But we didn't have flashlights. I'd left them in the car, expecting to be back by sunset. When we arrived at cache #7, the light was fading fast; it was hard to even see the bushes in the murkiness, much less search them for a little piece of camouflaged tupperware.

So I started using the flash on my camera to illuminate the bushes. This did not work particularly well; it's such a brief flash of light. And the screen on the camera is so tiny it's hard to examine the resulting images in any detail. We were close to giving up.

Nothing there...

Nothing there either...

CACHE. I still can't believe it.

We continued another tenth of a mile to the final cache, as it got even darker. This one had a pretty good hint, which restricted our search to a few feet of bush -- but that's plenty to search when you can't see. The bush was so dense that I didn't think a picture was going to help this time.

So I cranked the backlight on the GPSr up to maximum, and used it as a really pathetic flashlight. It only cast light for a few inches, but I FOUND THE CACHE. I'm on a roll lately.

On our way back to the car we heard frog song. Totally worth staying after dark for. (No, you can't see anything interesting in the video, but you can hear them, and I don't have any audio-only recording capacity.)

And then it was time for the main event of the evening -- a night cache with a trail of reflectors. This one was not as spectacular as some we've done, because it was mostly linear walking on a paved path; we hardly needed the reflectors to guide us along when there weren't any choices to make. But it got interesting when the reflectors started showing up on trees and benches and garbage bins instead of just sprinkler heads, like they had been for the first few hundred feet. Actually having to search for the reflectors was fun.

Finally the reflectors guided us off the paved path into a little patch of woods.

Double reflectors mean the cache is hidden there!

In this tree.


It's hanging -- disguised as a birdhouse.


The next day, we went to Tierrasanta for a loop of suburban caches, mostly right off the sidewalk. It's a very pretty area.

Snail hanging out on a film canister cache.

Neighborhood view.

One cache was down this 2092-meter trail. Oddly specific, isn't it? Luckily it was less than 2092 meters down.

12 May 1911? A TIME TRAVELER SIGNED THIS LOG! Oh, wait, that's 12 March 11. Damn.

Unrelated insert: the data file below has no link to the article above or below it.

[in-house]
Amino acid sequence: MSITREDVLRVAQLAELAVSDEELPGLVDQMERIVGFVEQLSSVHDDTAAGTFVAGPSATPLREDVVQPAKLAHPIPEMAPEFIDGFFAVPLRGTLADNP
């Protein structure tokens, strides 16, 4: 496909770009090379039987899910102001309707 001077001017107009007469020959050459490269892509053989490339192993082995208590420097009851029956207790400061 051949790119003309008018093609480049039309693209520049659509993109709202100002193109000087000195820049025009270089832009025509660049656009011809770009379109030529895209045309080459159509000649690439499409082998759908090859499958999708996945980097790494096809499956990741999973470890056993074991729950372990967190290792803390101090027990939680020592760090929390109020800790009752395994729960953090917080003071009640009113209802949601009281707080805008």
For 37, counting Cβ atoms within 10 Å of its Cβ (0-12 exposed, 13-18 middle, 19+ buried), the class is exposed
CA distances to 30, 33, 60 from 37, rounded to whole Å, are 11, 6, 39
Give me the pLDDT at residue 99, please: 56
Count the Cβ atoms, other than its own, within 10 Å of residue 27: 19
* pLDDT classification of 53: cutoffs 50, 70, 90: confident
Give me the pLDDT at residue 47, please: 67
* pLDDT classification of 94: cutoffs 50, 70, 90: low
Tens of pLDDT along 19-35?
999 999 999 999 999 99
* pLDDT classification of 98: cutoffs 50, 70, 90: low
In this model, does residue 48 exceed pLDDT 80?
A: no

Oh, hell, I just realized that I signed 3/27/10. SPEAKING OF TIME TRAVEL. I really thought I was past putting the wrong year on things.

These camouflage-taped pill bottles with their "special attachment devices" -- clothespins painted like alligators -- are among my favorites. They blend in pretty well, too! So well you may need to view this larger to make out the details.

Another pretty neighborhood view. You can't tell how much of a hill this is, from the image. But we didn't have to do any cross-country walking -- it was all sidewalks on the perimeter. Good thing, because this is the former site of Camp Elliott, and so there are signs all over warning that there could be unexploded shells lying around. There have been lots of efforts to clean them up, of course -- but there could still be something out there.

So it's best not to do any bushwhacking, but it is pretty down there, right?

We stopped after we'd found our 15th cache for the day (44th for the weekend); Ken had blisters on his heels from the long trek on the bike path the day before, so we didn't want to push too hard. All those finds put us back on track, numbers-wise; we logged our 800th cache just four weeks after our 700th, and we will end up with a total of 100 caches for calendar month of March. I don't think we'll stay quite so numbers-oriented in the future; it's fun to crack 100, it's fun to keep up the pace, but urban micro-caches aren't the be-all and end-all of caching. Sometimes it's nice to see wildlife and walk somewhere pretty, even if you find fewer caches doing it. Of course, the last time we went for a nice walk in a canyon, I ended up with poison oak blisters from wrist to elbow. SO THERE IS THAT.

The bike path was a nice combination of nature and easy walk, but not all bike paths are so pedestrian-friendly. I hope we can find some more like that, though.
Tags: geocaching